As for my "booty," everything I recieved was so thoughtful, and though I'd have been just as happy receiving a nice card or a phone call, I love all the usefull gifts as well. Eric gifted me with a very comprehensive and portable French grammar book that will come in very handy on my trip this summer, as well as a copy of the movie Whale Rider on DVD. He made me breakfast too, which is always nice. At the party that night, Fred and his wife got me a Mideval Cookery book with authentic recipes from the middle ages and detailed passages about culture and meals in Medieval times. Another co-worker, and becoming friend, Rachel, got me a book also, along the same theme, about how to plan a Medieval festival. Both parties know about my deisre to have a Medieval wedding in the not so distant future and knew that their gifts would help with the planning phase (which, for the record, has yet to even begin, and NO there isn't a date yet!! ;) ) I also received some handmade soap and a light catcher from some of our crafting/artistic friends Bevin and Becky. Otherwise, the party consisted of excellent food prepared by Teri (a gift in itself) and lots of laughter and conversation with friends new and those made long ago. I played my guitar for Fred as a sort-of secondary gift (though I was REALLY nervous and I don't know why!). On Monday, I received a package from my best friend and soul sister, Risa. She had copied out some recipes from her personal kitchen by hand and personalized them with positive sayings and affinities for herbs used in the recipes and the like, making them magickal indeed. I cannot wait to try them out, because even on paper they look delicious. Then today, my soul brother, James Brown Buddha, sent me a care package as well--one of music! A recording of his new/current band's first gig from back in November of 03, a tape of a rehearsal, and a fun mix CD that I'm listening to as I write. I love it, as it is all the music I know James listens to all the time. It makes me feel connected to him even though the distance makes me feel quite disconnected at times. It was just what I needed from him. Eric's parents made a little collage of my poem (posted in the previous entry) that is suitable for framing, and I'm certainly going to hang it up somewhere. Good cards full of wishes and love from Eric's brother Mark, Grandma, my Grandmother in Colorado, Stacey, and Marisa--all are sitting on my wood stove next to the computer where I work, and I can see all their bright smiling faces in the colors of the cards and the handwriting. It's like you are all here! Well, sort of...I thought I would feel old, and I did before the party. But now I just feel really special and well loved. THANK YOU ALL!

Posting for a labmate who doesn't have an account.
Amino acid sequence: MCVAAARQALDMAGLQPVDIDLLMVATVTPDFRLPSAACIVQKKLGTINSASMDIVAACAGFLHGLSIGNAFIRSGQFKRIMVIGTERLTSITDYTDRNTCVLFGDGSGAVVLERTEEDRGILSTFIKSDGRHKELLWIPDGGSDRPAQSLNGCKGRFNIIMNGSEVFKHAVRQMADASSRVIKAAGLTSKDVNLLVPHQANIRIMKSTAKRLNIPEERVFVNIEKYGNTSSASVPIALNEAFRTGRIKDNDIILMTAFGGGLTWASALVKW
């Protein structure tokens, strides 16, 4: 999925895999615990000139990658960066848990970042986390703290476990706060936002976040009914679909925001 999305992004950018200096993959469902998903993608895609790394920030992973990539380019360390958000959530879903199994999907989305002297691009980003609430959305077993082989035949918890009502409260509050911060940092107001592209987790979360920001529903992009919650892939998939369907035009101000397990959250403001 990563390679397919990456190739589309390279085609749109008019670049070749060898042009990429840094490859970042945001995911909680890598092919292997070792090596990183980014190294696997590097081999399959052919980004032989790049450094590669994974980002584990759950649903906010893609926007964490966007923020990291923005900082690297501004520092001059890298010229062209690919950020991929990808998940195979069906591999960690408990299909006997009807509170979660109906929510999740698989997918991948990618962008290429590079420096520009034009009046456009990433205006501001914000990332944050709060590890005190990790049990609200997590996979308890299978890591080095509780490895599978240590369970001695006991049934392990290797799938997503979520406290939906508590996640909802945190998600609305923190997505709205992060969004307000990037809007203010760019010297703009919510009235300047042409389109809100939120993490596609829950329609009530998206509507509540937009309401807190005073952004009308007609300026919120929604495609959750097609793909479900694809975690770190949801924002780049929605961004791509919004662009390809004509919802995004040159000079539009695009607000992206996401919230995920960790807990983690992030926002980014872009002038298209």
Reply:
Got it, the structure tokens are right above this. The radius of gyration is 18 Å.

In other news, I received my first two tests back for the semester with A's, for French and Earth Science, which I'm pleased with. I'm attempting to write a folk/magick tale for this semester's Coraddi magazine at school, as well as brush up my research paper from last semester's Chaucer class for the English Department Essay Contest. All in a semester's work, I guess. I don't feel so overextended as I have in past semesters, though the reading is far heavier than even last semester. Lots of linguistic philosophy for Lit theory, much of it incomprehendable until I read an "English" translation online or in our subsequent textbook. Lots of French translation for my reading course. Currently it is easy, but we are going to be moving to Sartre later in the semester, which should be very interesting. Great poetry in Modern Poetry, and an ongoing discussion with the professor about my insights that I can't manage to say in class, or don't get to. I really like my professor for that class--she's great and very interesting. She's the wife of my academic advisor, who is a Shakespearian, while she is a Modernist, a Pound/Eliot scholar. What an odd match...At least I thought it was. My Earth Science teacher is such a guy, but that's okay I guess since the subject can hold my attention when he cannot. So far so good.

That's all for now. I will update again soon, likely this weekend. Keep your eyes open. OH, two funny things I heard over the course of the week: "I kick so much ass, it's amazing my foot hasn't fallen off!" and Fred mentioned seeing a gift that's up his alley, a stuffed Sigmund Freud doll with a wind up music box inside that plays "Memories." HA!

Time: 5:32 pm EST
Date: 06 February 2004
Reading: Ferdinand de Sausser and Jacques Derrida, T. S. Eliot's The Waste Land, "Ghost Rider: Travels on the Healing Road" by Neil Peart
Hearing: Sjofn by Gjallarhorn (read the review!)
Inspiration: The date of the Entry previous!

Entry: Promised Poetry

I remember promising (probably in the last quarter archived) to post the poem that got published in the UNCG literary magazine/journal, Coraddi. The issue was recently released (officially on the 10th though), and I thought it best to post it here now for those of you who have been itching to read it. Thanks again for all of you who went through my poetry on the poetry pages of this very website and chose your favorites. I took all your suggestions into consideration and entered the most popular choice [Allegro (Woman!)] and wrote the following poem. Unfortunately, only one was chosen, and it was the newer of the two, which no one had read. So, here you go, and thanks for your patience! Enjoy!


A New Organ
Jennifer Paige©2003

She has been expertly dissected,
hardly recognizable as instrument.
Peeks at passing innards--a danse macabre;
trackers, stops, keys and pins,
wires, sliders and bellows--
the anatomy corpus.
A thousand silver pipes
packed like coffins,
easily tarnished by sinners' fingers.
Now sacred music sleeps.

After the service, we welcome the new organ.
Pastor presiding.
Many hands make light, disorganized work
relocating boxes.
The sanctuary balcony must be girded,
steel beams placed strategically,